Nnamdi Okonkwo’s Fidelity Bank entrenches the culture of prudent fiscal management, writes Jackson Ugbechie
Nigeria is not in short supply of innovators and reformers. They abound in all sectors. In the banking sector, Nnamdi Okonkwo, is one of them. As the chief executive officer of Fidelity Bank, Okonkwo, a multi-discipline banker, has demonstrated a rare know-how of what modern banking should be. He has broken all growth forecasts, driving his bank from a marginal financial institution into the national mainstream banking hall of fame, and one of the most-preferred banks on the continent.
It’s a record that astounds, a performance chart that got even the heavyweights in the industry fretting. This is why some analysts say they are not surprised at the recent campaign of calumny to smear both Okonkwo and the Fidelity Bank brand. A prominent case was the failed attempt to link the bank with the alleged sleazy deals in the nation’s oil and gas industry in the days of Deziani Alison-Madueke, former Minister of Petroleum resources. But the matter has been rested and both Okonkwo and the bank cleared of any wrongdoing by relevant authorities.
Despite the clean bill and wide-berth clearance received by the bank and its leadership, the tribe of mudslingers seems not to have beaten a retreat. They appear bent on casting as much slur as their fetish shovel could scoop on a man they cannot fault his stellar credentials and sterling performance, and a bank they can no longer ignore. But that’s largely the price you pay for success.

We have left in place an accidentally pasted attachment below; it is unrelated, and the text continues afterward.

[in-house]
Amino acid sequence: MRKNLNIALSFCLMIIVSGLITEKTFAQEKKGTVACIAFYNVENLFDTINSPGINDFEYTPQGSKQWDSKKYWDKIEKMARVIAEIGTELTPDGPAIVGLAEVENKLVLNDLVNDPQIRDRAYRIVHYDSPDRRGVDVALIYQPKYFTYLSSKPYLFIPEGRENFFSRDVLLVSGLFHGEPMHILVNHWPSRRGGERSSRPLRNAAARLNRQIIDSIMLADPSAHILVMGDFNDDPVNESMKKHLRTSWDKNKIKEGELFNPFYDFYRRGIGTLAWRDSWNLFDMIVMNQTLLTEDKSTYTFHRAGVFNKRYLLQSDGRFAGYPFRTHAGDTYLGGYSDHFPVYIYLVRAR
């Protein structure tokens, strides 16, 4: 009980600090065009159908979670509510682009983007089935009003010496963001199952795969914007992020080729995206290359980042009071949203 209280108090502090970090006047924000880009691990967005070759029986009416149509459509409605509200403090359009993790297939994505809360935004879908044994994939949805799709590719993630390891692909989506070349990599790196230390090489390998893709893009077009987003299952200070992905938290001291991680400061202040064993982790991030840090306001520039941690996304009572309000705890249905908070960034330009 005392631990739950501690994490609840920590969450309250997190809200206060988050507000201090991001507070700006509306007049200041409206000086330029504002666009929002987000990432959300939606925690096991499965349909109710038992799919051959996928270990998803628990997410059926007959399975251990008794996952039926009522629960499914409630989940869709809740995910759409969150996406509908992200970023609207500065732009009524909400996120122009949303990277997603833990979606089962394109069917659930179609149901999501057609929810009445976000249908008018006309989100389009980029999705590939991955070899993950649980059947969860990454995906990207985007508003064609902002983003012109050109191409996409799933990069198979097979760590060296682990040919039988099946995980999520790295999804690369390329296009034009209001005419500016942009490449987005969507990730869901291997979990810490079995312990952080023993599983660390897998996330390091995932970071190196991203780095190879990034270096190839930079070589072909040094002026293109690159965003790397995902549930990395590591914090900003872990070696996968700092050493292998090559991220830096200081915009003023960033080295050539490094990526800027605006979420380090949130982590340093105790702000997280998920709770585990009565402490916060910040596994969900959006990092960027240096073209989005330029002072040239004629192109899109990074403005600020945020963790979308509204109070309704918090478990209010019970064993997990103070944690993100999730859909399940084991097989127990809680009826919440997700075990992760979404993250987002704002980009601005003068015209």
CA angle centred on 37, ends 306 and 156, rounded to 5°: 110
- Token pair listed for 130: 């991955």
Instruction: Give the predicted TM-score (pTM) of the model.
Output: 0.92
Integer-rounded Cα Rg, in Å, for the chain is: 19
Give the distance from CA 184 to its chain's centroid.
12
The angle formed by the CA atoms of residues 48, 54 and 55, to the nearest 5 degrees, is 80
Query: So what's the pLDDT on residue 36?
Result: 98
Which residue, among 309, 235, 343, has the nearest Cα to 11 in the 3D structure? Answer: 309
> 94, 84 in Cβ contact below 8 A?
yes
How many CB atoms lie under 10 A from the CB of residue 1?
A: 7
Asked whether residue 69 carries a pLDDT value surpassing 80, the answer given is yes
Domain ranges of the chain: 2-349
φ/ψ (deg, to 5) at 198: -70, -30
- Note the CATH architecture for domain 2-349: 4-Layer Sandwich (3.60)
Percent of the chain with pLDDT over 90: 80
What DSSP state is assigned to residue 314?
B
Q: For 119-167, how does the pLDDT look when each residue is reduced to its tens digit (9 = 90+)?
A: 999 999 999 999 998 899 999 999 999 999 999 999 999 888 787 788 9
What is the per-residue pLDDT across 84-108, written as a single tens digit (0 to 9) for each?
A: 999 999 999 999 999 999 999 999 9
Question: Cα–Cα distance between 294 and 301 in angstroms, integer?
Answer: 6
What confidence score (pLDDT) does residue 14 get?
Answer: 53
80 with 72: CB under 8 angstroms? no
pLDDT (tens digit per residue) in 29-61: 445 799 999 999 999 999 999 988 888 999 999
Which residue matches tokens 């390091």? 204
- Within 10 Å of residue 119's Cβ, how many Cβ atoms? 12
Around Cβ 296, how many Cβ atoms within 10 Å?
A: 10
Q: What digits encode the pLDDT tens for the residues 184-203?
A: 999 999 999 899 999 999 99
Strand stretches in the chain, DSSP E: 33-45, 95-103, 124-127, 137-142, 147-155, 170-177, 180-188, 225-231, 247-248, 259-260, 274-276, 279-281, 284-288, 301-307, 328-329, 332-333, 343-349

Okonkwo has since 2014 when he emerged the managing director of the bank shown a rare trait in modern leadership: leading from behind. His style of leadership is unobtrusive: unseen, unheard yet he fills the ambience with his presence. Self-effacing and diffident, he has chosen to walk the path of meekness in a sector ingloriously noted for the outlandish flamboyance of its leaders. One of the pitfalls of modern banking in Nigeria is the riotous ostentation of some bank gaffers. Whereas a banker, the one who holds public funds in trust, ought to be conservative, frugal, even austere; some bank chiefs have turned the page, preferring to live a life of wanton waste at the expense of the investing public.
It’s this culture of waste and improvidence that has resulted in a neo-fiscal disorder called ‘failed bank’ syndrome. A bank that is truly a bank ought not to fail. With good corporate governance, adherence to basic creeds and compliance with regulatory rules, in this case the Central Bank of Nigeria (CBN), no Nigerian bank should fail. But many have. From People’s Bank of Nigeria, a masses-centric bank created by the military essentially to cater for the poor masses, to some other banks that kept a façade of good financial standing, the nation has witnessed a whirlwind of failed banks, prompting the CBN to make interventions in most cases. Sadly, some still doubled down to extinction and in some cases had to be acquired by stronger banks to save jobs and save depositors’ funds.
Not so with Fidelity Bank. Okonkwo’s fiscal discipline, adherence to corporate governance and entrenchment of a culture of prudent fiscal management has ensured that Fidelity Bank keeps soaring at a time its predecessors are riddled with holes in their balance sheet. A few statistics would confirm the steady rise of a once-upon-a-time marginal bank to a strong national and continental financial institution.